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Hoffmann, R. A wiki for the life sciences where authorship matters. Nature Genetics (2008)
 
 
 
 
 

Changes in adiponectin and inflammatory genes in response to hormonal imbalances in female mice and exacerbation of depot selective visceral adiposity by high-fat diet: implications for insulin resistance.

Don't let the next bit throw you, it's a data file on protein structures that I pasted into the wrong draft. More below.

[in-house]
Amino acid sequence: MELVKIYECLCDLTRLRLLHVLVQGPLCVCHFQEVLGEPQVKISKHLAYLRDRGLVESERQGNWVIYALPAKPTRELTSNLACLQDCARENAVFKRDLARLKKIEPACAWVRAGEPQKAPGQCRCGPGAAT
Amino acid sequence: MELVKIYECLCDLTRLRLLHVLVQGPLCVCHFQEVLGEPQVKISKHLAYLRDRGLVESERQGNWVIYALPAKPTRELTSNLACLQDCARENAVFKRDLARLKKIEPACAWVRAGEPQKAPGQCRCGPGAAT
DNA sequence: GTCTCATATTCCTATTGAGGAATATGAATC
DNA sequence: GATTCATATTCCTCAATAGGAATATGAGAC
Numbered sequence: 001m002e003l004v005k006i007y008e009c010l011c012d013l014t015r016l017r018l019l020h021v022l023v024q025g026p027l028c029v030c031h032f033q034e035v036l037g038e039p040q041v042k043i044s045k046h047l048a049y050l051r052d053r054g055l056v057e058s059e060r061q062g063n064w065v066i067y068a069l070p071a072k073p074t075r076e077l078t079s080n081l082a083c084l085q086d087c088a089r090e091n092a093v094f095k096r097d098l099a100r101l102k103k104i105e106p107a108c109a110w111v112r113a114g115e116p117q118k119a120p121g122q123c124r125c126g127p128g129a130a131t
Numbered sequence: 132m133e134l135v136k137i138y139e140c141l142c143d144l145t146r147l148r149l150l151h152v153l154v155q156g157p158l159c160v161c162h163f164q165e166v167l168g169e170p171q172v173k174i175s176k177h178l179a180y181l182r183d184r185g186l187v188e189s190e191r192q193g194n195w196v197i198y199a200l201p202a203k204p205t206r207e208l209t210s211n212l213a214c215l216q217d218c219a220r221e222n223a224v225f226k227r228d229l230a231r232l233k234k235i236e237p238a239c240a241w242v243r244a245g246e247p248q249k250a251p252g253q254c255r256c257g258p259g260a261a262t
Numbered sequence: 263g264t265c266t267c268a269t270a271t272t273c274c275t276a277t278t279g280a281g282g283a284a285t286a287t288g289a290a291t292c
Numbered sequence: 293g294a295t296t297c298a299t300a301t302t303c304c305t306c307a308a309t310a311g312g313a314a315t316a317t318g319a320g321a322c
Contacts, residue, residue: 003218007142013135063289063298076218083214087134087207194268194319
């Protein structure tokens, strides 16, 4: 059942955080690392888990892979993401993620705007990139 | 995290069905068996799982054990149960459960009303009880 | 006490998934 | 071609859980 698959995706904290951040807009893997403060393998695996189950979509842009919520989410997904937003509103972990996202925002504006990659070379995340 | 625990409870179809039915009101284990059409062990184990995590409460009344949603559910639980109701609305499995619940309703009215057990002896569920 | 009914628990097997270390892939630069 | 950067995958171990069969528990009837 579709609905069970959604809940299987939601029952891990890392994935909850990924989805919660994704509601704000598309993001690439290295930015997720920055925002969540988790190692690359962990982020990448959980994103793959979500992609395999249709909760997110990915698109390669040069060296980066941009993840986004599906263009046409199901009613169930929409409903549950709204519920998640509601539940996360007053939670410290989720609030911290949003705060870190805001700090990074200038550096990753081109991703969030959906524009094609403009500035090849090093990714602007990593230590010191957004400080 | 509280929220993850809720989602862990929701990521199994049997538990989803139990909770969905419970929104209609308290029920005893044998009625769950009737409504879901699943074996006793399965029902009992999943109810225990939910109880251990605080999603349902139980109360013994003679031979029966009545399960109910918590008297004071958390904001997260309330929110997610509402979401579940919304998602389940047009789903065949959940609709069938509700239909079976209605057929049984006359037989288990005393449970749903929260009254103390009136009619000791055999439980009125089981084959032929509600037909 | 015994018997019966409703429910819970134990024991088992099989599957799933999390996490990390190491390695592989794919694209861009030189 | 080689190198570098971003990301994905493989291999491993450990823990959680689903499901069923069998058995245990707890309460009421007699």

Early obesity and late onset of insulin resistance associated with hormonal imbalances occur in FSH receptor-deficient follitropin receptor knockout female mice. This study tests the hypothesis that chronic high-fat diet aggravates obesogenic changes in a depot-specific manner and explores some molecular links of hormone imbalances with insulin resistance. In SV 129 mice, hormonal imbalances seem obligatory for exacerbation of diet-induced obesity. Visceral adiposity, glucose intolerance, and lipid disturbances in 9-month follitropin receptor knockout females were associated with decrease in adiponectin signaling. High-molecular-weight plasma adiponectin and adipose tissue adiponectin mRNA were decreased. Adiponectin receptors R1 and R2 mRNA was selectively altered in mesenteric fat but not periuterine fat. R2 decreased in the liver and R1 was higher in muscle. Whereas hepatic adenosine monophosphate T-activated protein kinase activity was down-regulated, both phosphoenolpyruvate carboxykinase and glucose-6-phosphatase enzymes were up-regulated. Longitudinally, diminishing sex hormone signaling in adipose tissue was associated with progressive down-regulation of adiponectin activity and gradual impaired glucose tolerance. Chronic high-fat diet in SV129 wild-type mice did not produce overt obesity but induced visceral fat depot changes accompanied by liver lipid accumulation, high cholesterol, and up-regulation of inflammation gene mRNAs. Thus, TNF-alpha, C-C motif chemokine receptor-2, and C-C motif chemokine ligand-2 were selectively elevated in mesenteric fat without altering glucose tolerance and adiponectin signaling. Our study highlights adiponectin signaling and regulation to be involved in hormone imbalance-induced insulin resistance and demonstrates selective visceral adipose depot alterations by chronic high-fat diet and induction of inflammatory genes.[1]

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